Top 6 Neuropsychology-Based Tricks
to Fight Your Fears
By Juliette Morgan
Nobody wants to be afraid and yet we all are. It’s very much part of the human condition. For most of us, that’s fine. After all, courage isn’t not being afraid, but being able to conquer those fears. The problem, of course, is that sometimes the fears become too much. And when that happens, the fears can become unconquerable.
When that happens, we might need a bit more than just somebody telling us to deal with it. Then we need to turn to science in general and neuroscience in particular. Because we’ve learned an awful lot about how to beat our fears. Now people just need to learn to apply it.
1. Fears grow when you don’t confront them
The first thing that you need to realize is what happens to fears when you don’t do anything about them. They get worse. This is because when we remember something we don’t actually remember the original occurrence. Instead, we remember the last time we remembered that last occurrence.
In other words, every time you remember something, that memory changes. When that memory is a fearful one, then there is a good chance that every time you remember it, the fear actually gets worse (it’s the same for embarrassment, anger and so on).
In other words, the longer you wait with dealing with a fear, the harder it will be to deal with it. And that’s when a fear can turn into a phobia.
2. Learn about the object of your fear
At first, start out by reading and researching what you fear. According to the statistical data provided by Bestessays.review, 78% of all phobias start from simple harmless fears that haven’t been researched deeply enough and in time. There is plenty of information out there that you can look up and you can be confident that it won’t harm you. Often, fear is based on not knowing or understanding the object of our fear.
Therefore, the more we understand, the less effect it will have on us.
3. It doesn’t have to be the actual object
The second thing to realize is that when a fear gets significant enough, you don’t actually need the object of your fear for you to learn how to deal with. Let us say, for example, that you have an acute fear of spiders. Well, then just getting a fake spider or a picture of a spider will often be quite enough to raise your fear levels.
So start there. Start with exposing yourself for a short time to a picture of a spider. It doesn’t have to be for long. When it gets too uncomfortable, get away from it. Just make sure that sometime later or the next day you try again.
Rinse and repeat. Then, when there is no longer any discomfort with the object, move on to something closer to the object – like a rubber spider. Keep this up and the fear will become less. This is called habituation.
The next strategy is to take the object that causes your fear and to actually have it around you. So, if it’s a spider, have one in a glass box at the other end of the room. Then get closer to it slowly. With every step you take, think to yourself how much fear you’re feeling on a ten point scale. You’re aiming to get to about a seven or an eight. Then you stop and hold on for a while. After that, you can retreat again.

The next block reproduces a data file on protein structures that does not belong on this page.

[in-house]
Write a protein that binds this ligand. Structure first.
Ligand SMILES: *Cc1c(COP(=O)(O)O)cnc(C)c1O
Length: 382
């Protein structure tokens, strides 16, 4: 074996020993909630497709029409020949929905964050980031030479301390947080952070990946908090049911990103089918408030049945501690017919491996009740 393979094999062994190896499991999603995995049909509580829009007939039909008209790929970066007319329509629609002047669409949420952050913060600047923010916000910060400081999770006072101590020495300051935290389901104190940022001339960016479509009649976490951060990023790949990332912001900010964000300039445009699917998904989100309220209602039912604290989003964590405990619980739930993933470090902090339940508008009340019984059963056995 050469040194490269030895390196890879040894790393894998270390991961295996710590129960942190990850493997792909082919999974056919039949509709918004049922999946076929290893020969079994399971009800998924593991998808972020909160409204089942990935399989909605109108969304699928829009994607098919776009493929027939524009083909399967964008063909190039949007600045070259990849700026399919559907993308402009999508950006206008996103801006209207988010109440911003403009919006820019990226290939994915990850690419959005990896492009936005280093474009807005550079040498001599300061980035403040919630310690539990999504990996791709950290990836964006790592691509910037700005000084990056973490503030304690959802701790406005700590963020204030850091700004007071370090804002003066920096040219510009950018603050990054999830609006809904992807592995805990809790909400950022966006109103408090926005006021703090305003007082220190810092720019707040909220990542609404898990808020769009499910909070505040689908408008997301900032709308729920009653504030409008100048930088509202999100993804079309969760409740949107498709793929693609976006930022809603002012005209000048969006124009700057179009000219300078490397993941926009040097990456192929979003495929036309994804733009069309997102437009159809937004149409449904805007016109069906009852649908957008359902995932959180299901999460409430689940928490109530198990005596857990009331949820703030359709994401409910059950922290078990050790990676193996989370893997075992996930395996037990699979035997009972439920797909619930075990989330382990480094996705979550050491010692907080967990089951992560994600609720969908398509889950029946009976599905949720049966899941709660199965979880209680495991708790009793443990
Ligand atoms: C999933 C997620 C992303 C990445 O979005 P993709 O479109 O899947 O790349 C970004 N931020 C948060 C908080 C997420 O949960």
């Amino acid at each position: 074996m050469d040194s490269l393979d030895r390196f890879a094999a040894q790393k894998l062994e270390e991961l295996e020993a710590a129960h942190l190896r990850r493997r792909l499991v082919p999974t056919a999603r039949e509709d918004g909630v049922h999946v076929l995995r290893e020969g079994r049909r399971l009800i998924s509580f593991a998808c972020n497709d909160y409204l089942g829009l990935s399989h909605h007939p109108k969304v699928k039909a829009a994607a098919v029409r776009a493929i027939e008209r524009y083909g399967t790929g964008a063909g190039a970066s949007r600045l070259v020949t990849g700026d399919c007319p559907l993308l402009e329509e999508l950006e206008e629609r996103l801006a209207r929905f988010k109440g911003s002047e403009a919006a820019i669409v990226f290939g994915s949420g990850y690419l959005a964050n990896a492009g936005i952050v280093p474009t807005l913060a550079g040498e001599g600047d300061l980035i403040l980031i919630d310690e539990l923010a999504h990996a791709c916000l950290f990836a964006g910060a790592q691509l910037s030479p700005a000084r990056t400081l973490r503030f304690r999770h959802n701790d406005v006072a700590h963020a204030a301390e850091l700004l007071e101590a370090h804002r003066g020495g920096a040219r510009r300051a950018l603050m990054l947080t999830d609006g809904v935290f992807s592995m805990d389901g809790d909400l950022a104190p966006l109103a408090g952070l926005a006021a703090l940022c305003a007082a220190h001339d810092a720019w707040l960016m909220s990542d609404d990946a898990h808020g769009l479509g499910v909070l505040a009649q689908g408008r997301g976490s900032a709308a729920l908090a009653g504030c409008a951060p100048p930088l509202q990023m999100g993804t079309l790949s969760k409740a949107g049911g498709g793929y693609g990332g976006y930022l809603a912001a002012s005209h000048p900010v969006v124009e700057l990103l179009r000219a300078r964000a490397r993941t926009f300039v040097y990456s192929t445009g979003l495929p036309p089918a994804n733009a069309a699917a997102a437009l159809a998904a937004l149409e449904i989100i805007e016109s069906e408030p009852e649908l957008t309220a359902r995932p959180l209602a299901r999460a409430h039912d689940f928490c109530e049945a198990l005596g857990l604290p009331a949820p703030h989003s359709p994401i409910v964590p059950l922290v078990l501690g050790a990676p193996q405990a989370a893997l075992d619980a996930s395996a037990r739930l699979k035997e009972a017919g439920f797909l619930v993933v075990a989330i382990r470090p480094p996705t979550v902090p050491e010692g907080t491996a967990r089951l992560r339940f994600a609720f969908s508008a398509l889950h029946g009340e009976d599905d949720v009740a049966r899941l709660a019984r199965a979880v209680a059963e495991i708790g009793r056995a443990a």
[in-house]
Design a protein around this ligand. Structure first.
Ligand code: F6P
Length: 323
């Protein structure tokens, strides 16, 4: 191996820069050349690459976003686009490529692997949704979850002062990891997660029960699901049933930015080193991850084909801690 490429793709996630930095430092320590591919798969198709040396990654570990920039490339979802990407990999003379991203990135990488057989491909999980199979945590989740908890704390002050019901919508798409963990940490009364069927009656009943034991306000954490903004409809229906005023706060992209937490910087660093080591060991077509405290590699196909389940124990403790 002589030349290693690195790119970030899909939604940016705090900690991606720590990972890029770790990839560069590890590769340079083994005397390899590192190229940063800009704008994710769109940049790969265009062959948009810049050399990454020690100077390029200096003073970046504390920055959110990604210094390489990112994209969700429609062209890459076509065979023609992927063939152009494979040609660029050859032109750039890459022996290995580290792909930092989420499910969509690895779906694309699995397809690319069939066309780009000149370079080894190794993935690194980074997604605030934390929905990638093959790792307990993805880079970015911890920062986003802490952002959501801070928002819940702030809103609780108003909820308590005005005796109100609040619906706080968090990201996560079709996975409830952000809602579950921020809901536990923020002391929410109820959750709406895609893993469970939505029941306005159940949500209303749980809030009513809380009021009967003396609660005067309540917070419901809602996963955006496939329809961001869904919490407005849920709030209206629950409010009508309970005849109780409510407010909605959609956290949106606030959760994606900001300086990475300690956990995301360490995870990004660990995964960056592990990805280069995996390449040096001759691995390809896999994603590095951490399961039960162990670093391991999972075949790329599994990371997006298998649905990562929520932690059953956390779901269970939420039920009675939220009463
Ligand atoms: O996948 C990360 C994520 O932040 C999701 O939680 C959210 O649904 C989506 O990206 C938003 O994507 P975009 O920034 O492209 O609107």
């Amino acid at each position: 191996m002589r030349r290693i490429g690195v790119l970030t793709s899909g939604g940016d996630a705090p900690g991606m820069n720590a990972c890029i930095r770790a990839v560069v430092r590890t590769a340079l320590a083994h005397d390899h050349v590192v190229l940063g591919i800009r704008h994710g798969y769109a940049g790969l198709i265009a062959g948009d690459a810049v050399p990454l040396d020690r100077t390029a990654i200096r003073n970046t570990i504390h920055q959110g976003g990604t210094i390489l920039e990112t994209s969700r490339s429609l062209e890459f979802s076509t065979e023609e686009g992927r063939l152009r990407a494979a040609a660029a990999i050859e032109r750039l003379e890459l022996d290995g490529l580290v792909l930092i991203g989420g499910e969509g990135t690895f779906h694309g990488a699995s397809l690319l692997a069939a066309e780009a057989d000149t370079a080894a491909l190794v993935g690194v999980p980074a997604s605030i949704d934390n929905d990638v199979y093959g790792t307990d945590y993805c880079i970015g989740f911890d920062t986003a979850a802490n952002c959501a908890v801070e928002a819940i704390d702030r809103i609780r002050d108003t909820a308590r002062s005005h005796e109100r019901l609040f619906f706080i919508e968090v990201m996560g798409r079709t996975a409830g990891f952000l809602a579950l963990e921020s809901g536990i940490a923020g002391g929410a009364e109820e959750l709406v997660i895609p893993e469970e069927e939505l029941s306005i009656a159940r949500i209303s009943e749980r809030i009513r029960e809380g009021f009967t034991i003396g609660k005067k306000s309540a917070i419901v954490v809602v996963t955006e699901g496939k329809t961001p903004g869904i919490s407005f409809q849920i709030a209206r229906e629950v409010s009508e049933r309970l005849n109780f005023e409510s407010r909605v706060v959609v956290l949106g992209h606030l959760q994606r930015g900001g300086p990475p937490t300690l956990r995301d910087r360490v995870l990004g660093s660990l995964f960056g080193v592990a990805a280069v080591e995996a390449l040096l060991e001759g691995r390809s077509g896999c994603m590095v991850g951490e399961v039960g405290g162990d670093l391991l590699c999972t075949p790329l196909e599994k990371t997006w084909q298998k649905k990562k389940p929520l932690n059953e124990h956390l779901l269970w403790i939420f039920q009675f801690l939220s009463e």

What you’re doing here is showing your fear organ (it’s called the amygdala) that you can approach the object of your fear without anything actually happening. If you do this repeatedly, the amygdala will dial down the fear of the object or thing and slowly you’ll get in control again.
5. Enlist the help of friends and family
We subconsciously take our cues from those around us. For that reason, being around other people that are not afraid will make it easier to not be afraid of the object ourselves. So don’t be afraid of talking with the people that you love and who you trust to help you through this.
It is also very important that you talk with practical jokers what you’re trying to do. They will often think it’s funny to use your fear to make you jump. You have to make it clear to them that when they do this, they’re sabotaging your efforts to get over the fear. This is because when you encounter the object of your fear in an uncontrolled manner, your fears ca spike and take away control.
This will then serve as confirmation to your amygdala that you really should be afraid of the object you fear, which will, therefore, make it harder to control that fear. Ask them to have respect for your efforts and to keep from trying to scare you.
Of course, if you don’t believe they will respect your attempts, don’t tell them. But then, may I suggest that you find a new friend?
6. Slow and steady wins the race
As long as you are getting better, don’t push too hard. Yes, you should always be pushing yourself a little further and a little more. At the same time, if you push yourself too hard then the same thing happens as I explained above. The fear will overwhelm you and you’ll be putting yourself back.
So don’t let that happen. As long as you're still getting closer to the item of your fear and still feel like you’re progressing and letting it influence you less, you’re making progress. And that is what matters.
Because what you’re trying to do is not overcome your fears for a day, but conquer them for a lifetime.